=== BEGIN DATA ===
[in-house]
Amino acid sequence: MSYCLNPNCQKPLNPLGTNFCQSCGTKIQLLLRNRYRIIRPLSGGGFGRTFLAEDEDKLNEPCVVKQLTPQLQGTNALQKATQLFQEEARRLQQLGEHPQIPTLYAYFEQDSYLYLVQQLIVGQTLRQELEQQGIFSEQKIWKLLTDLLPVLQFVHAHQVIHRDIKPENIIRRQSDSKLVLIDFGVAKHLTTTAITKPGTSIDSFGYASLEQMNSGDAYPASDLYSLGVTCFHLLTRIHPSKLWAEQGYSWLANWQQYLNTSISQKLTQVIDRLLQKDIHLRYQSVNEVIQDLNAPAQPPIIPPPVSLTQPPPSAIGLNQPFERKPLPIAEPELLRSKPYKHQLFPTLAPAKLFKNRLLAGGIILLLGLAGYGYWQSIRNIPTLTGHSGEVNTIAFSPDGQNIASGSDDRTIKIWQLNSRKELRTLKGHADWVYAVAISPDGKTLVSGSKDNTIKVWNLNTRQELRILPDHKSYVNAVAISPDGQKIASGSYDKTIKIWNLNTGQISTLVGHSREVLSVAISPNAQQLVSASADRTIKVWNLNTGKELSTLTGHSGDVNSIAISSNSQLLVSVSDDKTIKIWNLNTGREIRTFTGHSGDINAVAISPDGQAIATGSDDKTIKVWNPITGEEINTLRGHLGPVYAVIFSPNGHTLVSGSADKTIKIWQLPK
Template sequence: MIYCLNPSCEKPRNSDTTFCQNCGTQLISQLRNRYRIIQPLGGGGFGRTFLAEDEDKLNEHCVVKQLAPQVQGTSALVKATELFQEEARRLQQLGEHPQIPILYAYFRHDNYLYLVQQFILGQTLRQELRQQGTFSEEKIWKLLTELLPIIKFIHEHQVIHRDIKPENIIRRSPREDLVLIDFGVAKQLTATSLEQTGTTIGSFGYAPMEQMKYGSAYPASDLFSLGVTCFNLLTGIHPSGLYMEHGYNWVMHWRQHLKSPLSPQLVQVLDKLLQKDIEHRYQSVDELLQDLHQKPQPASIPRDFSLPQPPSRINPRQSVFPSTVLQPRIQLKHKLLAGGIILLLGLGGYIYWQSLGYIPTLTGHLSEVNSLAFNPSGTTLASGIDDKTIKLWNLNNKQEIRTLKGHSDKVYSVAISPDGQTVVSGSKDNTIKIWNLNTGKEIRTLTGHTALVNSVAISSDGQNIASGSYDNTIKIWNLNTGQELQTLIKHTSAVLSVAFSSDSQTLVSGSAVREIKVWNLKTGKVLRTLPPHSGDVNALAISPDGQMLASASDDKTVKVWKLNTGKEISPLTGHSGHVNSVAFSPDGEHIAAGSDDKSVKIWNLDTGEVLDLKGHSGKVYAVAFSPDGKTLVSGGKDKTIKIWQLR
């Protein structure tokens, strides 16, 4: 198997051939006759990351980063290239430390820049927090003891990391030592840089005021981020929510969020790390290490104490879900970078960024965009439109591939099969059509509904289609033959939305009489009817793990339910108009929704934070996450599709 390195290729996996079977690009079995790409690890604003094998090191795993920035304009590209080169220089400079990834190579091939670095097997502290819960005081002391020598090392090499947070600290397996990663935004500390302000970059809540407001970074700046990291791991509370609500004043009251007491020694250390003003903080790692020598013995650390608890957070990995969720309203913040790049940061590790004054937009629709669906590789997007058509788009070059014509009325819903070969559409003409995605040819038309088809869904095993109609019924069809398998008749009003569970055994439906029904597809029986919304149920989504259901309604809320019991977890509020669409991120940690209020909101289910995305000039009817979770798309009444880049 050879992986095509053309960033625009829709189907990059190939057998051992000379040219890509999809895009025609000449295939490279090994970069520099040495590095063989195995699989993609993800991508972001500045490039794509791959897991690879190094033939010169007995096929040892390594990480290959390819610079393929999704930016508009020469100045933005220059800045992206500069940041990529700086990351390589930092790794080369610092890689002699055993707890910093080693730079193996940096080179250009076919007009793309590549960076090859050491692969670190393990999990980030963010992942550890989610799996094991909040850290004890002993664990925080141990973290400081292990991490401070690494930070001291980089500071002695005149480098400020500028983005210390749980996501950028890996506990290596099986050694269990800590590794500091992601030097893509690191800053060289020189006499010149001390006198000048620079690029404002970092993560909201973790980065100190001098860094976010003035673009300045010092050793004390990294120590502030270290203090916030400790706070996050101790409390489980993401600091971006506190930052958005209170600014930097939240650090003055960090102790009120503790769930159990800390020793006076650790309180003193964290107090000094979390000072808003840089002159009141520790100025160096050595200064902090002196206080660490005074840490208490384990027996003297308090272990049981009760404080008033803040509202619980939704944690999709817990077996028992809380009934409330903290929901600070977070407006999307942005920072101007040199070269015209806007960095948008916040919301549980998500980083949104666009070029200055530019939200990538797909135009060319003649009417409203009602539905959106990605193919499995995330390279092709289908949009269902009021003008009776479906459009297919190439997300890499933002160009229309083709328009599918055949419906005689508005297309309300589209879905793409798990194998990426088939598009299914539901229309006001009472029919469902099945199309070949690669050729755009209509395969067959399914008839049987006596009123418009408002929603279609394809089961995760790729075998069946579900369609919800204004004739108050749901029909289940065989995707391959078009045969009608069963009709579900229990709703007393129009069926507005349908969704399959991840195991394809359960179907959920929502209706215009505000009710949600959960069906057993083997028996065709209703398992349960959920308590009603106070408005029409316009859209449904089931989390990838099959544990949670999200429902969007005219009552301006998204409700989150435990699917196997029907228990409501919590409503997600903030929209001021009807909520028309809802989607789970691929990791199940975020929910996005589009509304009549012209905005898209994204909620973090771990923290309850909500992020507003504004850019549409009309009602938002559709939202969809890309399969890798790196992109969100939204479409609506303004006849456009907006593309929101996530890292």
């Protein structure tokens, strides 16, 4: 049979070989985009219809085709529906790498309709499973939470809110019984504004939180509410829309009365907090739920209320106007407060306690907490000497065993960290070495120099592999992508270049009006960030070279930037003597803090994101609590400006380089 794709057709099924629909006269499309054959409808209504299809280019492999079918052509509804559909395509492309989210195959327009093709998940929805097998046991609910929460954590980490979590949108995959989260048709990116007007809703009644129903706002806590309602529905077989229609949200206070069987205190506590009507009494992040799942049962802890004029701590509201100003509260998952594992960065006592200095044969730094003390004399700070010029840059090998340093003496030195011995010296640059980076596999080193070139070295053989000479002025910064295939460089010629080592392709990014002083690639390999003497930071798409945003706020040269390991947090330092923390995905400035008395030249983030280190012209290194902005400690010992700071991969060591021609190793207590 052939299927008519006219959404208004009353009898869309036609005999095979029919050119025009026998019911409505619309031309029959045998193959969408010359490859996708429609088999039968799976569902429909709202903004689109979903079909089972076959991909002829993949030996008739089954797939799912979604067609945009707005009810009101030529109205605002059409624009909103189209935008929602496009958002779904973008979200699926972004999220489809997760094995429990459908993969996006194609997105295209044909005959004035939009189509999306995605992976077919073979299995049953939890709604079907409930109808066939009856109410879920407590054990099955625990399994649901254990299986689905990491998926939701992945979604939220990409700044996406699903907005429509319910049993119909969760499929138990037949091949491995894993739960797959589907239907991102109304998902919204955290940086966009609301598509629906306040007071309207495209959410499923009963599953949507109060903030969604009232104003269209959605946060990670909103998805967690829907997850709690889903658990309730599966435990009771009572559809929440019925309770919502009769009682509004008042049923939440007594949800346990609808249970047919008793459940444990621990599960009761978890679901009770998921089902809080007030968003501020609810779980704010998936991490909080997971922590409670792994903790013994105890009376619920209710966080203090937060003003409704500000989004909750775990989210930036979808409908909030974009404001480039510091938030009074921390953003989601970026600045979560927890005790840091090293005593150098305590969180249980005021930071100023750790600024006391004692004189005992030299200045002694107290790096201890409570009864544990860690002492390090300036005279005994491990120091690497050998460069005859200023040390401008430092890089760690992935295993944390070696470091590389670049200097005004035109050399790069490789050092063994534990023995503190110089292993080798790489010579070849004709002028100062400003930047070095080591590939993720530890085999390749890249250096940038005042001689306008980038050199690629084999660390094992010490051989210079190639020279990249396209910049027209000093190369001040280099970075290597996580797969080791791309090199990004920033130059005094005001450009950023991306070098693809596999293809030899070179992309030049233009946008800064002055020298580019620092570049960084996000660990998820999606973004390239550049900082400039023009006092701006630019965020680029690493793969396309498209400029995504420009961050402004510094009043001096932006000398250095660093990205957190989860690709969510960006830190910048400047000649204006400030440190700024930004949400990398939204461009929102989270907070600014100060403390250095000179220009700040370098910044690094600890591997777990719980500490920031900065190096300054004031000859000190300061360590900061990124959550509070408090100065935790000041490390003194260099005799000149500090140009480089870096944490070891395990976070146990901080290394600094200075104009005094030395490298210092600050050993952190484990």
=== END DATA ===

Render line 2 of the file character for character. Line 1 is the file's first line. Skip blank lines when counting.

Amino acid sequence: MSYCLNPNCQKPLNPLGTNFCQSCGTKIQLLLRNRYRIIRPLSGGGFGRTFLAEDEDKLNEPCVVKQLTPQLQGTNALQKATQLFQEEARRLQQLGEHPQIPTLYAYFEQDSYLYLVQQLIVGQTLRQELEQQGIFSEQKIWKLLTDLLPVLQFVHAHQVIHRDIKPENIIRRQSDSKLVLIDFGVAKHLTTTAITKPGTSIDSFGYASLEQMNSGDAYPASDLYSLGVTCFHLLTRIHPSKLWAEQGYSWLANWQQYLNTSISQKLTQVIDRLLQKDIHLRYQSVNEVIQDLNAPAQPPIIPPPVSLTQPPPSAIGLNQPFERKPLPIAEPELLRSKPYKHQLFPTLAPAKLFKNRLLAGGIILLLGLAGYGYWQSIRNIPTLTGHSGEVNTIAFSPDGQNIASGSDDRTIKIWQLNSRKELRTLKGHADWVYAVAISPDGKTLVSGSKDNTIKVWNLNTRQELRILPDHKSYVNAVAISPDGQKIASGSYDKTIKIWNLNTGQISTLVGHSREVLSVAISPNAQQLVSASADRTIKVWNLNTGKELSTLTGHSGDVNSIAISSNSQLLVSVSDDKTIKIWNLNTGREIRTFTGHSGDINAVAISPDGQAIATGSDDKTIKVWNPITGEEINTLRGHLGPVYAVIFSPNGHTLVSGSADKTIKIWQLPK